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U.S. Secretary of Agriculture and former Iowa Governor Tom Vilsack returned to his adopted home state last week, in part to help promote innovative agricultural conservation practices. On Friday, his travels took him to the rural La Porte City farm of Nick and Nancy Meier.
Before addressing a gathering of area residents, farmers and other visiting lawmakers and dignitaries, Vilsack toured portions of the farm to get an up-close look at some of the conservation strategies the Meiers have adopted. As the Secretary viewed examples of a saturated buffer, bioreactor and cover crops, Meier shared some of the insights he has gained from implementing these strategies, including some of the early returns of data that has been collected.
Following the tour, Vilsack was joined by the mayors of Cedar Rapids, Waterloo, La Porte City and Iowa Secretary of Agriculture Bill Northey, whose brief remarks praised Iowa farmers for their innovation, noting that some of the technologies on display at the Meier farm got their start in Iowa.
Vilsack echoed Northey’s comments, saying, “This is the future. Right here on this farm. This is the way it’s going to go. This is the way conservation is going to be advanced. This is how we continue that relationship between city and rural areas and make sure we are one Iowa.”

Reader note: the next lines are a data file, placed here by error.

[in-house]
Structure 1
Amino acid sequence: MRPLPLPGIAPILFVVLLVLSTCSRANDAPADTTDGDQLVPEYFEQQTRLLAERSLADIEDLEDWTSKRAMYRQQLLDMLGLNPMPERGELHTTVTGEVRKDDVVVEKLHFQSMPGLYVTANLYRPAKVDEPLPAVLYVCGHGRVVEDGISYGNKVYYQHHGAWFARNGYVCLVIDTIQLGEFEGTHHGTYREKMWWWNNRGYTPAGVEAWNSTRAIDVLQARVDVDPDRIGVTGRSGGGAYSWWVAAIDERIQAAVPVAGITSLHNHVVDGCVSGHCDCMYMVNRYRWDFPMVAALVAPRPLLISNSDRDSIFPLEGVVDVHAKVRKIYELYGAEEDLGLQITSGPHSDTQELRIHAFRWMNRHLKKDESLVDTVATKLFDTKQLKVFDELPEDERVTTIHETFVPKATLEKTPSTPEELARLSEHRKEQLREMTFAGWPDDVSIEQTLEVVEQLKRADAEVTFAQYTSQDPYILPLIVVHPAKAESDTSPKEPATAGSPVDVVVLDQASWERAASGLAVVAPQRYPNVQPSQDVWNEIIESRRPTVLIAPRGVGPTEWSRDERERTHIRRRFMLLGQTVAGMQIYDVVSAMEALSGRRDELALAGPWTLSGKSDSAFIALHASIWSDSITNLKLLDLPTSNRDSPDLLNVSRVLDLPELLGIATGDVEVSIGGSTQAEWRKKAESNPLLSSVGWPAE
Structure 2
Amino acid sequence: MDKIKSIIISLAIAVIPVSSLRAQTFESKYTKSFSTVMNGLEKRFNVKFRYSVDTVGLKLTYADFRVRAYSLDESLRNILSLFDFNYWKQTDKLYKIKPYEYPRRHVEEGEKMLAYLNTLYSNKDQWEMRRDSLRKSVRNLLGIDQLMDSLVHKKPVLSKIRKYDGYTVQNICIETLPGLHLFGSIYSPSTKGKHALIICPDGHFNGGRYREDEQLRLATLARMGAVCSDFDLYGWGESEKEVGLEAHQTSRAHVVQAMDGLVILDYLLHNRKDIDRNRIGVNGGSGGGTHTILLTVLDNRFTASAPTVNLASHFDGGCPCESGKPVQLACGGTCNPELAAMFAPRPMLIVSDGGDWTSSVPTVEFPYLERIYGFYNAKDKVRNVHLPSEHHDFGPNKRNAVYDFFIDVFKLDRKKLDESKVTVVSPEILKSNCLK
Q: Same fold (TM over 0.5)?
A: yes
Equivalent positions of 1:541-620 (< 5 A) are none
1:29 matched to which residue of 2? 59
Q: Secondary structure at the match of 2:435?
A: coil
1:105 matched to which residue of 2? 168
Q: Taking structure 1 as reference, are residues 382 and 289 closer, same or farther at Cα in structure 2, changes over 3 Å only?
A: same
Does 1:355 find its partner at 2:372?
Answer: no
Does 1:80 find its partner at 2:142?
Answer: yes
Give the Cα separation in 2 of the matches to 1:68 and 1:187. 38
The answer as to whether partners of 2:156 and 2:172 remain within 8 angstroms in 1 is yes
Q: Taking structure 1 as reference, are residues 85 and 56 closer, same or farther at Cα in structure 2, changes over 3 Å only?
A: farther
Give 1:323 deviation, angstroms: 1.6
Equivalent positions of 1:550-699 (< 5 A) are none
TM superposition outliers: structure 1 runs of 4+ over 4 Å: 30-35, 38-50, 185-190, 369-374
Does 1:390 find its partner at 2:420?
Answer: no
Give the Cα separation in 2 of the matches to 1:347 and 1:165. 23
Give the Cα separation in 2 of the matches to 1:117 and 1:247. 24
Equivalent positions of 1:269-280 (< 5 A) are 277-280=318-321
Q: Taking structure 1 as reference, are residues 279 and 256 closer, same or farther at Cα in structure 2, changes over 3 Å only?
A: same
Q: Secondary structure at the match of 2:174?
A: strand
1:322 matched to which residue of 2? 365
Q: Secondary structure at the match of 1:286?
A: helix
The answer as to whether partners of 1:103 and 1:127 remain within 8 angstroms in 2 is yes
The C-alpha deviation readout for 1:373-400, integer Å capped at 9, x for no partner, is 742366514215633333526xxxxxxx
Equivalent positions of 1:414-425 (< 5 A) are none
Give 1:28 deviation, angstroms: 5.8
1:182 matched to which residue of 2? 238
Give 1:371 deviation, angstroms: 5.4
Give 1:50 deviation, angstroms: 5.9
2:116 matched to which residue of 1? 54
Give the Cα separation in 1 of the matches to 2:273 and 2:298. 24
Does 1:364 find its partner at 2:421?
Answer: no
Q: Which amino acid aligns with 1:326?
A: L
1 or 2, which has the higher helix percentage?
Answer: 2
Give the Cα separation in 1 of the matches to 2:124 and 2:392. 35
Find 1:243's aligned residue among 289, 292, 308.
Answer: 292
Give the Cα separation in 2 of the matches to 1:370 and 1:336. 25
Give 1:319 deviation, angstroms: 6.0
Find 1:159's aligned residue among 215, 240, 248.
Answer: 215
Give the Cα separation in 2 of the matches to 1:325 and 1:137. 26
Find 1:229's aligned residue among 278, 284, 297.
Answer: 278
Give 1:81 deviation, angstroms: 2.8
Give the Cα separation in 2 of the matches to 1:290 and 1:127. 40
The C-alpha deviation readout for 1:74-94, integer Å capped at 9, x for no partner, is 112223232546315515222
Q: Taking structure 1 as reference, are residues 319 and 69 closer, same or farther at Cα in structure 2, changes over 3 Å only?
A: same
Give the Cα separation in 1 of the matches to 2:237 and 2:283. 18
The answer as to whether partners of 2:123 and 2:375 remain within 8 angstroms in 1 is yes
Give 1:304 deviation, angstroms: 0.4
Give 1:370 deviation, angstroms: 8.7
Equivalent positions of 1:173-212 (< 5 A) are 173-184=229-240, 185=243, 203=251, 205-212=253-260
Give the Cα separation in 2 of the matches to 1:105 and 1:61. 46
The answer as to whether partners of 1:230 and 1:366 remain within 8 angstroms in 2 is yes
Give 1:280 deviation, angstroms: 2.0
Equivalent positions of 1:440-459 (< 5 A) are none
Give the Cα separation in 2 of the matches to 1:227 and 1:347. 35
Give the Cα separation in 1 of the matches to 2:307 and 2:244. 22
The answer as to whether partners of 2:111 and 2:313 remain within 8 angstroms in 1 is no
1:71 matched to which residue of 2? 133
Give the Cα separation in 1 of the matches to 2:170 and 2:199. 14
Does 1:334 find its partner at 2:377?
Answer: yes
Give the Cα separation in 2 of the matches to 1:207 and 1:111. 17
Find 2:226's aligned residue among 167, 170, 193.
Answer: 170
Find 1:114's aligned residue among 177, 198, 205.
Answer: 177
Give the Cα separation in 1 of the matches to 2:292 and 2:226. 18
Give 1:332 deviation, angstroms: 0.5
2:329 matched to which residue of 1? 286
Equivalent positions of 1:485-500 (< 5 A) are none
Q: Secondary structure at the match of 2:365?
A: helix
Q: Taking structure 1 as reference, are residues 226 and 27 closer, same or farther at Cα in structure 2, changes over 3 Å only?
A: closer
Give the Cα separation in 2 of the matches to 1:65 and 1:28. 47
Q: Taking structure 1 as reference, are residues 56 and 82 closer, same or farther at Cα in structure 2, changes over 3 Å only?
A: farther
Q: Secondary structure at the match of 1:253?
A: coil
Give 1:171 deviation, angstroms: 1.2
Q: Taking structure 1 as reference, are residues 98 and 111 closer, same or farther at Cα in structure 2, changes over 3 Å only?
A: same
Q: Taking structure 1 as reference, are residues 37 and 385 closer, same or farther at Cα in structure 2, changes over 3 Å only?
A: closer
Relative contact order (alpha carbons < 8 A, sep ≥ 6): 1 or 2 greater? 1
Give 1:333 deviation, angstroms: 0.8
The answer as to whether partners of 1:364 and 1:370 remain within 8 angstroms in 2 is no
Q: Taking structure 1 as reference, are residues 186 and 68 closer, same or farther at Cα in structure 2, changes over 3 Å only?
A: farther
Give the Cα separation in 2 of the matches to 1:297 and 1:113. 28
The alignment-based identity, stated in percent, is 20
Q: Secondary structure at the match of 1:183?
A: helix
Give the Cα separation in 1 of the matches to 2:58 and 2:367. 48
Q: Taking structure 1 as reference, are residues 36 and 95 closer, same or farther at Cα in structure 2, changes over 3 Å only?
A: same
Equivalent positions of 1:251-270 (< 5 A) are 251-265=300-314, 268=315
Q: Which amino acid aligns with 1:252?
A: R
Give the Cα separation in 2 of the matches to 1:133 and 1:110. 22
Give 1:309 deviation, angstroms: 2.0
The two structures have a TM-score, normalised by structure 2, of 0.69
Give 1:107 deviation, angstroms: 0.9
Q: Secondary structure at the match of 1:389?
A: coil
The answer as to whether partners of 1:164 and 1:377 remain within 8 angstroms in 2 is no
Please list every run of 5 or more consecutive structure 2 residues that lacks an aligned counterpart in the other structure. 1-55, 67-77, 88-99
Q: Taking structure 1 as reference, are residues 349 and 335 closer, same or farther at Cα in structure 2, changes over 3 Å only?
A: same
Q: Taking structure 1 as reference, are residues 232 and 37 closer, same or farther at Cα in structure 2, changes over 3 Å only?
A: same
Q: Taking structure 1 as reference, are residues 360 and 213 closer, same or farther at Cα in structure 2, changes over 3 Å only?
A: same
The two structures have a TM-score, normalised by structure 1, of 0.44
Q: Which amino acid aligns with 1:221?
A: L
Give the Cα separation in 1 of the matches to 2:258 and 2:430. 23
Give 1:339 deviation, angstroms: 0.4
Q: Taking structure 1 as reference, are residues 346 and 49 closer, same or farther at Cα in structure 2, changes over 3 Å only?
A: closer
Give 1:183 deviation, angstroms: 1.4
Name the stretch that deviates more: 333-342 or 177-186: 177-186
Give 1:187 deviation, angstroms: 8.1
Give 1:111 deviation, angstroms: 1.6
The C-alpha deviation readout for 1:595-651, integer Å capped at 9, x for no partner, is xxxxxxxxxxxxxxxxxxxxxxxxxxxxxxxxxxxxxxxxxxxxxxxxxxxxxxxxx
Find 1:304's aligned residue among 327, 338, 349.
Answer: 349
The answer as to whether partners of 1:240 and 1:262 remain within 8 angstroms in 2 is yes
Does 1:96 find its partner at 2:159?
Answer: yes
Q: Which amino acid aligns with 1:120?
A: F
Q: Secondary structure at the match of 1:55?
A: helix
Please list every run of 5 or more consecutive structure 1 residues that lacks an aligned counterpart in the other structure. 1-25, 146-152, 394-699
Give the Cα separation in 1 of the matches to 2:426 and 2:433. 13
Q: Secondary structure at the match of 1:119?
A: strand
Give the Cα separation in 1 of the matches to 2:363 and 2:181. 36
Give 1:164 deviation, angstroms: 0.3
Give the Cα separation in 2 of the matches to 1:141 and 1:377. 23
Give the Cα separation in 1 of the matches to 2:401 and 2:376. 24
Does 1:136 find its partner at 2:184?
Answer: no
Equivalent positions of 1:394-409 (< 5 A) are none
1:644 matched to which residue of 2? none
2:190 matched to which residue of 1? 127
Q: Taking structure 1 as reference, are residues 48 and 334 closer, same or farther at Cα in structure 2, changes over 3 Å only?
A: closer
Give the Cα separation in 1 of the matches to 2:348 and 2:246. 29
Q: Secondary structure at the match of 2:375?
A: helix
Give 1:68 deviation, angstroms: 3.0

“The strength, the freedom, the liberties that we enjoy in this country are centrally linked to productive agriculture,” he continued.
Vilsack closed his remarks with a call to action, referencing the impending lawsuit by the Des Moines Water Works against three northwest Iowa counties that seeks federal oversight of the drainage districts. Attorneys for the defendants deny that farmers’ field tiles are contributing to Des Moines’ high nitrate levels.
Vilsack encouraged state lawmakers and other influential decision-makers to take the initiative to solve Iowa’s water quality issues rather than relying on a federal judge to do so.
“Those in leadership positions need to come together and resolve the dispute that is currently in litigation. [The process] needs to be a consensus-driven, incentive-based system in which we say there is a partnership between those who own the land and farm the land and those who benefit from the activities that take place on that land, whether they’re connected in jobs or whether they drink the water in a city or town in the state,” he said.
Advocating for a consolidation of federal and state resources targeted with a “laser-like focus to make sure we get the most bang for our conservation buck,” Vilsack stressed the importance of making sure such efforts are in sync with the state’s nutrient management program.
The water quality challenges the state currently faces are complex issues that will require persistence and patience, Vilsack stated, adding that solutions will take several years to achieve. He added that choosing to address the work in a cooperative manner offers many benefits.
“This will significantly reduce nitrogen, greatly improve soil health, expand production and pay for itself. It will enhance habitat, expand recreational opportunities, make Iowa an even better and greater state. Iowa has the leadership capacity and the will and the determination to get this done,” he stated.
Video highlights of Secretary Vilsack’s visit:
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